Clutter as a Symptom of Narcissistic Abuse

Written by Angela Atkinson

Are you living in clutter? One of the least-discussed symptoms of CPTSD as a result of a toxic relationship with a narcissist is the way you keep your space – your home and/or office. This can take one of two forms: extreme organization and obsessively clean – or cluttered and disorganized. In both cases, there parallels we can draw to our pasts and our toxic relationships.

But when survivors are obsessively clean and organized, most people won’t see this as a negative issue (unless it gets to the point of OCD, but that is another video). Today, though, we are going to discuss clutter and how it is often a symptom of CPTSD, as well as some solutions you can try to resolve this in your own life.

Let’s start by discussing what problematic clutter looks like for those of us who aren’t sure if we fall into the “problem” area here. This video offers everything you need to know.

Signs Your Clutter is Out of Control

  • You feel uncomfortable at home due to clutter
  • You are told (or you say) that you have “too much stuff”
  • You feel embarrassed to let people into your house because of clutter
  • You feel kind of paralyzed and like you cant clean or organize due to all the “stuff” you have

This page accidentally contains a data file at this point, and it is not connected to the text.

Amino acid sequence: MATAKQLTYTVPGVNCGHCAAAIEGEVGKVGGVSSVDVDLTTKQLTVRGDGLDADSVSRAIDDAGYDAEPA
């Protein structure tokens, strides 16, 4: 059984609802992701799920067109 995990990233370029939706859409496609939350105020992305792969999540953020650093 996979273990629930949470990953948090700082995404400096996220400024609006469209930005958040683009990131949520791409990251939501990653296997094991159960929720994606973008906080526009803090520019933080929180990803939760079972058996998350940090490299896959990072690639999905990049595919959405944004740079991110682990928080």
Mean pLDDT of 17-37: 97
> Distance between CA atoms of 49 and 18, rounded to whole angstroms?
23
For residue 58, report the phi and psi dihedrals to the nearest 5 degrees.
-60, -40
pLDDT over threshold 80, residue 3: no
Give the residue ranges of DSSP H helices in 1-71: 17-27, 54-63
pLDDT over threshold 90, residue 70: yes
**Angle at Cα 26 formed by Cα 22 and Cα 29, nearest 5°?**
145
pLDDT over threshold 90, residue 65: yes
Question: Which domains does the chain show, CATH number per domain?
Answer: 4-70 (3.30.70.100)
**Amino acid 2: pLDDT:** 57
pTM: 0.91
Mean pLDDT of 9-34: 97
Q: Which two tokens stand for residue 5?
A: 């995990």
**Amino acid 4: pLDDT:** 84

• Strong emotional attachments to some of the stuff in the house – certain items or collections
  • You waste a lot of time because of the clutter
  • You have piles or overstuffed shelves/drawers – maybe even a room you never let anyone in due to clutter
  • You want to declutter, but you feel like you have trouble deciding what to let go
  • You get more stuff – you keep shopping – despite the fact that you have no more places to put things
  • You get so overwhelmed that you rent a storage space to put your clutter into
  • You have problems at home, work or in relationships caused by cluttering
  • You have areas in the home that are unusable due to cluttering
  • You don’t really have a “place for everything,” therefore you don’t always put “everything in its place”

Narcissistic Abuse Can Cause You to Feel Stuck With Your Clutter

I remember seeing this episode of Oprah years ago where she talked about how your home is an external representation of your mind and your soul – this really struck home with me because there I was, living in a cluttered mess. And when I thought about it, I realized that she was right – something in me had been broken and it left me flailing. I didn’t know how to get out from under it, and every time I even considered trying, I would walk in, take one look and then turn around and walk out.

Here is the thing.

When we are in a toxic relationship, we have no control. Whether the narcissist dictates our cleaning schedule (like my first narcissist did) or they make us feel out of control in other ways (like my ex-husband did), we often find ourselves feeling stuck, lethargic or just plain exhausted during and after these relationships. We keep things for sentimental reasons, for example, or we keep them because we think we will use them one day. We might keep stuff because it helps us feel secure or in control in some way.